Happy Birthday, me!
Roslin Travel Blog› entry 3 of 111 › view all entries
I was very spoiled. Iain is well aware of what my favourite things involve - pretty much as many museums and historic buildings as we can find, and something nice for dinner, and being the centre of attention. So he decided to take me to Rosslyn Chapel.
Rosslyn doesn't allow you to take photos inside, so you'll have to google their website for photos. Also, my phone memory is pretty much full and I had a champagne related camera accident at new year.
Rosslyn Chapel is quite simply one of the most interesting buildings in Europe. It isn't big - more or less the size of a small parish church - and from the outside it looks like a modest chapel with some interesting gargoyles and a lot of scaffolding. Inside, however, it is absolutely full up with the most incredible carvings. The story goes that the Lord StClair of the time was getting old and decided to start thinking about religion, so he commissioned the building of the finest chapel in Europe. He intended it to be a collegiate church but he died before it could be expanded, so the present chapel is smaller than intended.
But he brought the finest workmen and artists and masons from across Europe to build the chuch, and gave them good wages and a house in the town of Roslin (nobody cared about spelling back then) to build a chapel to the greater glory of god.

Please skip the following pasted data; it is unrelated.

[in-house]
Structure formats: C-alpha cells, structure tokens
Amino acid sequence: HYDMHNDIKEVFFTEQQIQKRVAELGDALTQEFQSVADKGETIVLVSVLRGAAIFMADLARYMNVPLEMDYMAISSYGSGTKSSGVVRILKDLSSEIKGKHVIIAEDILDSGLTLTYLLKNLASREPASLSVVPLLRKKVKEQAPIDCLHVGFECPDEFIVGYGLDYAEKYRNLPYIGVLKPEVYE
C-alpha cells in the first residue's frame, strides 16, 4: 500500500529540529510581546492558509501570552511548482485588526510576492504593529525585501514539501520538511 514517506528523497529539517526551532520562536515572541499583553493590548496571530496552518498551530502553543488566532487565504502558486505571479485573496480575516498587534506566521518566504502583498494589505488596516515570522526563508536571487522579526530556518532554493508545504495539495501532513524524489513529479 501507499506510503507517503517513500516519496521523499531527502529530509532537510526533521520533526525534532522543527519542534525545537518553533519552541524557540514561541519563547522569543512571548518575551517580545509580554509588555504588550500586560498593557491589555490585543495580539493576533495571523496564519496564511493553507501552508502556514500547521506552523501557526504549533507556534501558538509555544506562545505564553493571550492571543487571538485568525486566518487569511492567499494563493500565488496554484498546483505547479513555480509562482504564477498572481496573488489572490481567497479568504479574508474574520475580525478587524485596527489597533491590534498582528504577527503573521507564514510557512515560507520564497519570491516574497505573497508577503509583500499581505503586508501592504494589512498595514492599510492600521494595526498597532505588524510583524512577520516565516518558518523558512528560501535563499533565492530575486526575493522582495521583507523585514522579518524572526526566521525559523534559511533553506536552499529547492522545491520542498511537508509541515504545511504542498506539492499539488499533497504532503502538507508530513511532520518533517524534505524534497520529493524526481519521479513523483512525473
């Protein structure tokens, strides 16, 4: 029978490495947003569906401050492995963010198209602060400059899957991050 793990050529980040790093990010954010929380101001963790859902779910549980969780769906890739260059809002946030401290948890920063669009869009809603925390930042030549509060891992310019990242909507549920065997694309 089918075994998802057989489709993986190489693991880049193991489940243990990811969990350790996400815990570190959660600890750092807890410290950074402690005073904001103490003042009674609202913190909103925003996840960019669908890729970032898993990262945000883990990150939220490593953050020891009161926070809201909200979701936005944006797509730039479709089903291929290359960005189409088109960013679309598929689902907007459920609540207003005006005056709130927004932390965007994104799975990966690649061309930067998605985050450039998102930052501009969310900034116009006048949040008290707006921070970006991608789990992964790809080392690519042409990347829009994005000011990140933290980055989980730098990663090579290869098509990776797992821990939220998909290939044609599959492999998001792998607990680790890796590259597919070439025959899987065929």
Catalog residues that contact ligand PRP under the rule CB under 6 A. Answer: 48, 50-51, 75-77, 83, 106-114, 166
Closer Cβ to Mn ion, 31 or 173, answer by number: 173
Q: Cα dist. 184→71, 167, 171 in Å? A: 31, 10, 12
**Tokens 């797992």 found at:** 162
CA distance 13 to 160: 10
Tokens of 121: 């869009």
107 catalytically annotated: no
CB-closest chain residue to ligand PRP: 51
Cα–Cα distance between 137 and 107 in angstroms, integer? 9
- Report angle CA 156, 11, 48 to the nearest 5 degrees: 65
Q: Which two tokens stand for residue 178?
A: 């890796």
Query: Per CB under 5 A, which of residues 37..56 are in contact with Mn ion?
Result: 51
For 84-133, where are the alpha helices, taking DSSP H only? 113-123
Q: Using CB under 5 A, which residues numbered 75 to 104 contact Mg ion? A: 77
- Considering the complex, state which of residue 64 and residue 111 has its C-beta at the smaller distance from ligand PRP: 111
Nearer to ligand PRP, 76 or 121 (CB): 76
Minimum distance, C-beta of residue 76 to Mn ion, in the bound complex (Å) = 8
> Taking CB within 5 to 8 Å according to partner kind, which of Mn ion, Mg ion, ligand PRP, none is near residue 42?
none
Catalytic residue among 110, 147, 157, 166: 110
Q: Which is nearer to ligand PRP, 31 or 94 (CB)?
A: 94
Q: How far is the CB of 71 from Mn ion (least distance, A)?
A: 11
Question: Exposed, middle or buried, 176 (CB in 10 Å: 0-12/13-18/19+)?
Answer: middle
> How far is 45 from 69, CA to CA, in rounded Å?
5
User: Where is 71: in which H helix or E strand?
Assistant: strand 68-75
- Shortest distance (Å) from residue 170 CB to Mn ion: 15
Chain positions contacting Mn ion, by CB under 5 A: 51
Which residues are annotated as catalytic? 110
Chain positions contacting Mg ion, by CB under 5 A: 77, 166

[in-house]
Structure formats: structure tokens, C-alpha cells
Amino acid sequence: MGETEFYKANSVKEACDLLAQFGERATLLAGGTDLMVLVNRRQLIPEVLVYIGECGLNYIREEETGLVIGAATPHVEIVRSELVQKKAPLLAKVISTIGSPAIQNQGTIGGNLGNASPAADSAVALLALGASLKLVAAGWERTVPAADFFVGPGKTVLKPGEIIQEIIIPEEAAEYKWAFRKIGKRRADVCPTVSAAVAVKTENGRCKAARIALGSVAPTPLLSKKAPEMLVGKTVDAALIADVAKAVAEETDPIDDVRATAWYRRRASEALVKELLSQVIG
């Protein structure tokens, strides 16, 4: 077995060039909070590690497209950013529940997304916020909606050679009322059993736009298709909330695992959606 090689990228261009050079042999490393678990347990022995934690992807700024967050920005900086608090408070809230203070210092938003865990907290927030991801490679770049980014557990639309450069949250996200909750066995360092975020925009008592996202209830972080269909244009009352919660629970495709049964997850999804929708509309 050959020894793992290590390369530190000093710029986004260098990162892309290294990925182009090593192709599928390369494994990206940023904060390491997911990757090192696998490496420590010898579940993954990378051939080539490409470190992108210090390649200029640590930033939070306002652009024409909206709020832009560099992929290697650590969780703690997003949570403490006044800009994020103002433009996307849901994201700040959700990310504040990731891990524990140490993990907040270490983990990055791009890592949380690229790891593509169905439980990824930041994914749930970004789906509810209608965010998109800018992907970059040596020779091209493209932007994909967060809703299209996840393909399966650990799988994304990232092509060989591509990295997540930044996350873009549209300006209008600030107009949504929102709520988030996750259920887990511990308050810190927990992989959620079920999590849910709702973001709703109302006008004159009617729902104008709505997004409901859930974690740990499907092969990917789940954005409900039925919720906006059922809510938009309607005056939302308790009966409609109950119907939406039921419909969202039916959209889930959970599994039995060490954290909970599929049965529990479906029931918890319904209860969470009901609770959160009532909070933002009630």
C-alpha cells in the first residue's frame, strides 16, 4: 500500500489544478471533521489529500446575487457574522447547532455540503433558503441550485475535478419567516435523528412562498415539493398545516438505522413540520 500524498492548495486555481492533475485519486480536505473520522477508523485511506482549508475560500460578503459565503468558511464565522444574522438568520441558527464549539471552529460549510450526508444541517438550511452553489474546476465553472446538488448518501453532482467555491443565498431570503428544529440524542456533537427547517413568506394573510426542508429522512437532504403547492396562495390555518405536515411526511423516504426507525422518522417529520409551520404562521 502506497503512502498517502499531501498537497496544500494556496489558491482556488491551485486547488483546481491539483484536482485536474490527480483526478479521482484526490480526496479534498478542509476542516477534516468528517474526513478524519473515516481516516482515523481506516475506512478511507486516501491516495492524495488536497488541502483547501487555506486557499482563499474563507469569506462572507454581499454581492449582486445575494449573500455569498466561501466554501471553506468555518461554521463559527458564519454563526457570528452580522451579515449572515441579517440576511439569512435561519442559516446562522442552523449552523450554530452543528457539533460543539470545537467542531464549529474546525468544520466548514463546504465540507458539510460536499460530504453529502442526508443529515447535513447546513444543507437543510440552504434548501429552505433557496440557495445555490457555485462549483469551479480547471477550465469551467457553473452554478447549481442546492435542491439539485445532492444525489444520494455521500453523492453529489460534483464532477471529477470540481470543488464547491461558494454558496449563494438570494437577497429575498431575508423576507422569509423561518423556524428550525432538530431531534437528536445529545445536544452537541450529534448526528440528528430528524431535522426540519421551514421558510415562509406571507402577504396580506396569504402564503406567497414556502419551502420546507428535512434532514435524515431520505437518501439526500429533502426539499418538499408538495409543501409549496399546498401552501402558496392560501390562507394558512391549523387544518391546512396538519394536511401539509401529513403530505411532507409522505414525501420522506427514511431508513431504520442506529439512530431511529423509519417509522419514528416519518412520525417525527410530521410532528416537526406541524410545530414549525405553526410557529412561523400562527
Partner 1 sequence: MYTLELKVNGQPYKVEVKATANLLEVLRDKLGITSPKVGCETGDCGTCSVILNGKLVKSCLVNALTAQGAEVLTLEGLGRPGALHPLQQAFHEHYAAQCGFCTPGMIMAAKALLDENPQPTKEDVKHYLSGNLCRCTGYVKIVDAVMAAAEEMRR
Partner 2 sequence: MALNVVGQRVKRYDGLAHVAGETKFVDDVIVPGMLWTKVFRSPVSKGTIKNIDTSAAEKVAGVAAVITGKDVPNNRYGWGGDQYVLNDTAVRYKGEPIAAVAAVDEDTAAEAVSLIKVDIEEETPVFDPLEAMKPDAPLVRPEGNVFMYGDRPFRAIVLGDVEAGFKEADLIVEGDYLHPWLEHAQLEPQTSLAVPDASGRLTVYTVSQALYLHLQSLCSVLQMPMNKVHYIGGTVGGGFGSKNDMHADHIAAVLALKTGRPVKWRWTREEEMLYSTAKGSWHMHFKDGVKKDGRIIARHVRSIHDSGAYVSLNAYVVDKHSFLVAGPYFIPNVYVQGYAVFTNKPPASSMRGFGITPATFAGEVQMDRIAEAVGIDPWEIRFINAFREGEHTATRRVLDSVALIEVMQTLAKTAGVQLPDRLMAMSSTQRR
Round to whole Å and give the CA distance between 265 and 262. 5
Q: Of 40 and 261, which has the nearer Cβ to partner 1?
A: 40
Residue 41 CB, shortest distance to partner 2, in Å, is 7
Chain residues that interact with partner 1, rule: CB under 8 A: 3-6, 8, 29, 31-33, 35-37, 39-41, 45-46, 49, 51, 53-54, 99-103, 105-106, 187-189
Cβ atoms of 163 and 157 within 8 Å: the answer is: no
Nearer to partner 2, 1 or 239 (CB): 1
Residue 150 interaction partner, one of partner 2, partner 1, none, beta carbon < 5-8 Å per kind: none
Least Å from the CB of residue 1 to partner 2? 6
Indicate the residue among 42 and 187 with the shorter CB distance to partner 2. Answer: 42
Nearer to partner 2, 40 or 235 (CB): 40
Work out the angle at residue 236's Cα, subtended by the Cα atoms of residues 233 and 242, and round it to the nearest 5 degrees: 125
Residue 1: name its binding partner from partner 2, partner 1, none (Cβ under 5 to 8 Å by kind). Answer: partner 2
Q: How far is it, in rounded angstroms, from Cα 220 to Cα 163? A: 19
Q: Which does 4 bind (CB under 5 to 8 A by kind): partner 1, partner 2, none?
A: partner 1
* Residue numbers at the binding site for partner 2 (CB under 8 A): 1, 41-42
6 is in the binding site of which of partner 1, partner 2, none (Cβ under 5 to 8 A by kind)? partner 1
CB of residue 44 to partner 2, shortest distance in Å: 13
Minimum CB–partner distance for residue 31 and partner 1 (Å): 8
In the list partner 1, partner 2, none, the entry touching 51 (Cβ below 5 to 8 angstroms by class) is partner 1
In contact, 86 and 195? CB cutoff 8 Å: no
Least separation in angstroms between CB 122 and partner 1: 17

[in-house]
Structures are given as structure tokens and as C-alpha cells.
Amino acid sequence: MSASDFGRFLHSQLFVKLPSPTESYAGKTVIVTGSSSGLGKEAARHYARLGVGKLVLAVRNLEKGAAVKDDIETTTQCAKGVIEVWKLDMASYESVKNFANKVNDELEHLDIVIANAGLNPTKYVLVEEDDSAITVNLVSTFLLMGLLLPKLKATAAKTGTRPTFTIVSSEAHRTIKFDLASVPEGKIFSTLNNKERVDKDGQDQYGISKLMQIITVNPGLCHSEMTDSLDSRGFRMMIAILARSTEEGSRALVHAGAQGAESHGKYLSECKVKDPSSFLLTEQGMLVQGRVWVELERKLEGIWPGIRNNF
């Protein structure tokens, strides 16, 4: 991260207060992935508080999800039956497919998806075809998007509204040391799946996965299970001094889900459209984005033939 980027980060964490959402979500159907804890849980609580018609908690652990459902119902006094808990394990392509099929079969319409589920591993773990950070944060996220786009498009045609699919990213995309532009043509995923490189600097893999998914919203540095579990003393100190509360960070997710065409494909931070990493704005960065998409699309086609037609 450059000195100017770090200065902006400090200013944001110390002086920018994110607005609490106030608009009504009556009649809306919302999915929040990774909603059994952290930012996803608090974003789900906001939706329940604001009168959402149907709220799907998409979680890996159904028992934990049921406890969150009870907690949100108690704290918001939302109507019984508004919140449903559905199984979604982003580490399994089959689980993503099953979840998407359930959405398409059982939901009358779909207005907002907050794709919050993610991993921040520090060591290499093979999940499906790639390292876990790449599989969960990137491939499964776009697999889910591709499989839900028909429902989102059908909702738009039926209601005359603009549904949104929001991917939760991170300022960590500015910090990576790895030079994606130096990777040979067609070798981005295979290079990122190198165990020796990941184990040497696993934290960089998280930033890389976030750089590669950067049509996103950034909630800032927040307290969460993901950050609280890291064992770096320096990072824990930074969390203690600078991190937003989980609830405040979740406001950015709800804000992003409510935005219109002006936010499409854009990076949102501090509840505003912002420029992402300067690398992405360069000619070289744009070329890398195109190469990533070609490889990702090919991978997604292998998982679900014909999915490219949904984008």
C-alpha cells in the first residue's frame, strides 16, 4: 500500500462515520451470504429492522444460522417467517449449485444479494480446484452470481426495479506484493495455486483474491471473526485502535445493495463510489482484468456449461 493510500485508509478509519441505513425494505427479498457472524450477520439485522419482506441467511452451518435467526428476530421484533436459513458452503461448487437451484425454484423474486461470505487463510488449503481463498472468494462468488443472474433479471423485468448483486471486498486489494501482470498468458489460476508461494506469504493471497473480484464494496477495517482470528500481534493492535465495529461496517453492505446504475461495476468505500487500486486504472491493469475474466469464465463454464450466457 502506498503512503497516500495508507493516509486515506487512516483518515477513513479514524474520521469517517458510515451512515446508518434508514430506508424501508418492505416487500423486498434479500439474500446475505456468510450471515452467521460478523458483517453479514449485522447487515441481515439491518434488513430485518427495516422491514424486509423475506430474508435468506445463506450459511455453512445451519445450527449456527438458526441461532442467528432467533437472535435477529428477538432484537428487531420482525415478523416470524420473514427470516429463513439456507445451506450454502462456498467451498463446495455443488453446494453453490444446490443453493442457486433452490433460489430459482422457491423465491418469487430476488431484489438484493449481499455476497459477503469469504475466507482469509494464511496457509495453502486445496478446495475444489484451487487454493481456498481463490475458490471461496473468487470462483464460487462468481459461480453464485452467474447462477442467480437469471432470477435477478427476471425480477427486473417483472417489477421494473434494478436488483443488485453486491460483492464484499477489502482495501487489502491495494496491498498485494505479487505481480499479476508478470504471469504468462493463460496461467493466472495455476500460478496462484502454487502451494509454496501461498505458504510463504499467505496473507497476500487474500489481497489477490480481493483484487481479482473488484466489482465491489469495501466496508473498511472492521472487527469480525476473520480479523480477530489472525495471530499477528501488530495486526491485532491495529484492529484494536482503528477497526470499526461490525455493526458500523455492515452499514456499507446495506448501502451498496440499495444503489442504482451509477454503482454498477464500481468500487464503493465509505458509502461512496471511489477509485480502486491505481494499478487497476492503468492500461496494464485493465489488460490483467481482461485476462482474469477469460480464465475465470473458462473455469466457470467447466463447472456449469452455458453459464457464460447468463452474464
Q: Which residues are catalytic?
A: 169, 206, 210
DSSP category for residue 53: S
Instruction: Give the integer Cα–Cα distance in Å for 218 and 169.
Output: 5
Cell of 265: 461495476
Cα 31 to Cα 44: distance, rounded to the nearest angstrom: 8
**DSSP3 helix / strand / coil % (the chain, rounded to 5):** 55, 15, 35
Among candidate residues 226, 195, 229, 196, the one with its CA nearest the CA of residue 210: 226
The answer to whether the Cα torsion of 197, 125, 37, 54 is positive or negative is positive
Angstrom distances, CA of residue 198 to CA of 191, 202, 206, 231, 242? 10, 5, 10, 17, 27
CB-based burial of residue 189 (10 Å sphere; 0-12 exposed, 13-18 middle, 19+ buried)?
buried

it's amazing. There's very little doubt that it is also deep in Templar lore. The Lords of StClair had been Templars before the pope banned them, and there is a lot of Knight Templar symbolism in the coats of arms. There's also a window that people claim shows maize, a hundred years before Columbus. There's a legend that the Templars found America in the 13th century. But to be honest, it's also possible it shows feathers. Or pretty leaves. I'm not so sure. Medieval symbolism is quite beautiful, interesting and mad enough without getting all DaVinci Code about it. Also, the lord who eventually restored the chapel was a well known leader of the Freemasons (that bit is definately true) and may have added a little symbolism during the restoration.
After that, we had a very nice lunch in, of all places, a supermarket cafe. Who knew?
Beating daylight was going to be an issue, but we decided to batter down through the borders rather than the main road. We stopped to see the holy well in Innerleithen. St Ronan's well is, now, a tap in someone's garden, although they seem very friendly about you going in to look. In the 17th-19th centuries, it was famous for its alleged healing properties. It was said to have cured blindness, gout, infertility and was also bottled as a mixer for whisky. Of all of these, I think the last is probably the most likely to have actually worked (yes, you do put a couple of drops of water in good whisky. But not ice, and NEVER coke). I tried some. I cannot comment on the fertility or gout, but it tastes of water and I haven't got poisoning from it, and one sip from it does not cure migraines or bad skin!
After that we headed home, and had dinner in The Grill on the Alley, one of my favourite places for food.